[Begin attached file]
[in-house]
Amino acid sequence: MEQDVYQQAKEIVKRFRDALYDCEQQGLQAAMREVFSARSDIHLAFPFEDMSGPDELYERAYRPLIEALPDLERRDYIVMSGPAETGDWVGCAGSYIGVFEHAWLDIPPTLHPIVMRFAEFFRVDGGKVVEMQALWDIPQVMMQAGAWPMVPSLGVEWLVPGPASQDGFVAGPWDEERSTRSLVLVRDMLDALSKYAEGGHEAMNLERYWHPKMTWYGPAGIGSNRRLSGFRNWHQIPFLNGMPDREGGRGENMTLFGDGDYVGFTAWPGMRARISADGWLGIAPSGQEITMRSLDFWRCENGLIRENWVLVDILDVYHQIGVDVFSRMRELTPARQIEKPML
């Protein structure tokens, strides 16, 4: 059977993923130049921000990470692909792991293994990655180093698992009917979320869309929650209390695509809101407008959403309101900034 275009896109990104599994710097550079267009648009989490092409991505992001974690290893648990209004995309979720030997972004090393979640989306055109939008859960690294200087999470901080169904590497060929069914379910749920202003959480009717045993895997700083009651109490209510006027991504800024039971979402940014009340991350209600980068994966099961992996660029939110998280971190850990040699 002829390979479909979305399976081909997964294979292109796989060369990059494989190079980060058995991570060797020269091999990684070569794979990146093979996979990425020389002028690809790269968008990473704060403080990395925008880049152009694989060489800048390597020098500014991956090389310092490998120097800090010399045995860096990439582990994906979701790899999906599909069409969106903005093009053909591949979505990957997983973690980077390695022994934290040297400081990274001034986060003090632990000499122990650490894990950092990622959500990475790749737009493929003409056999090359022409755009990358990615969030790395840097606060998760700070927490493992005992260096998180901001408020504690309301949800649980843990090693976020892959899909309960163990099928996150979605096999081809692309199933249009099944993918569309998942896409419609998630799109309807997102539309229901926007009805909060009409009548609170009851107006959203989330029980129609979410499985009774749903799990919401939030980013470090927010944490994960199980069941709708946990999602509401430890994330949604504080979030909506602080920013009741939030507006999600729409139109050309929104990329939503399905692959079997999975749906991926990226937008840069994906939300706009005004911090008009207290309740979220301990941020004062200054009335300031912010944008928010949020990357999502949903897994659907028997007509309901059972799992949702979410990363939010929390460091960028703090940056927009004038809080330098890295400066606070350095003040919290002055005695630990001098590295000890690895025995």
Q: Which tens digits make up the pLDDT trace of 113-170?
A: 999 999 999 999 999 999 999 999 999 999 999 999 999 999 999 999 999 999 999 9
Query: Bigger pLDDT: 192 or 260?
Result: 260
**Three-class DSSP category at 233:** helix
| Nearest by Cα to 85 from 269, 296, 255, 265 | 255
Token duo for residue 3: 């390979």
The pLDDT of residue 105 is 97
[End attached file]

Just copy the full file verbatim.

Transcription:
[in-house]
Amino acid sequence: MEQDVYQQAKEIVKRFRDALYDCEQQGLQAAMREVFSARSDIHLAFPFEDMSGPDELYERAYRPLIEALPDLERRDYIVMSGPAETGDWVGCAGSYIGVFEHAWLDIPPTLHPIVMRFAEFFRVDGGKVVEMQALWDIPQVMMQAGAWPMVPSLGVEWLVPGPASQDGFVAGPWDEERSTRSLVLVRDMLDALSKYAEGGHEAMNLERYWHPKMTWYGPAGIGSNRRLSGFRNWHQIPFLNGMPDREGGRGENMTLFGDGDYVGFTAWPGMRARISADGWLGIAPSGQEITMRSLDFWRCENGLIRENWVLVDILDVYHQIGVDVFSRMRELTPARQIEKPML
């Protein structure tokens, strides 16, 4: 059977993923130049921000990470692909792991293994990655180093698992009917979320869309929650209390695509809101407008959403309101900034 275009896109990104599994710097550079267009648009989490092409991505992001974690290893648990209004995309979720030997972004090393979640989306055109939008859960690294200087999470901080169904590497060929069914379910749920202003959480009717045993895997700083009651109490209510006027991504800024039971979402940014009340991350209600980068994966099961992996660029939110998280971190850990040699 002829390979479909979305399976081909997964294979292109796989060369990059494989190079980060058995991570060797020269091999990684070569794979990146093979996979990425020389002028690809790269968008990473704060403080990395925008880049152009694989060489800048390597020098500014991956090389310092490998120097800090010399045995860096990439582990994906979701790899999906599909069409969106903005093009053909591949979505990957997983973690980077390695022994934290040297400081990274001034986060003090632990000499122990650490894990950092990622959500990475790749737009493929003409056999090359022409755009990358990615969030790395840097606060998760700070927490493992005992260096998180901001408020504690309301949800649980843990090693976020892959899909309960163990099928996150979605096999081809692309199933249009099944993918569309998942896409419609998630799109309807997102539309229901926007009805909060009409009548609170009851107006959203989330029980129609979410499985009774749903799990919401939030980013470090927010944490994960199980069941709708946990999602509401430890994330949604504080979030909506602080920013009741939030507006999600729409139109050309929104990329939503399905692959079997999975749906991926990226937008840069994906939300706009005004911090008009207290309740979220301990941020004062200054009335300031912010944008928010949020990357999502949903897994659907028997007509309901059972799992949702979410990363939010929390460091960028703090940056927009004038809080330098890295400066606070350095003040919290002055005695630990001098590295000890690895025995």
Q: Which tens digits make up the pLDDT trace of 113-170?
A: 999 999 999 999 999 999 999 999 999 999 999 999 999 999 999 999 999 999 999 9
Query: Bigger pLDDT: 192 or 260?
Result: 260
**Three-class DSSP category at 233:** helix
| Nearest by Cα to 85 from 269, 296, 255, 265 | 255
Token duo for residue 3: 């390979």
The pLDDT of residue 105 is 97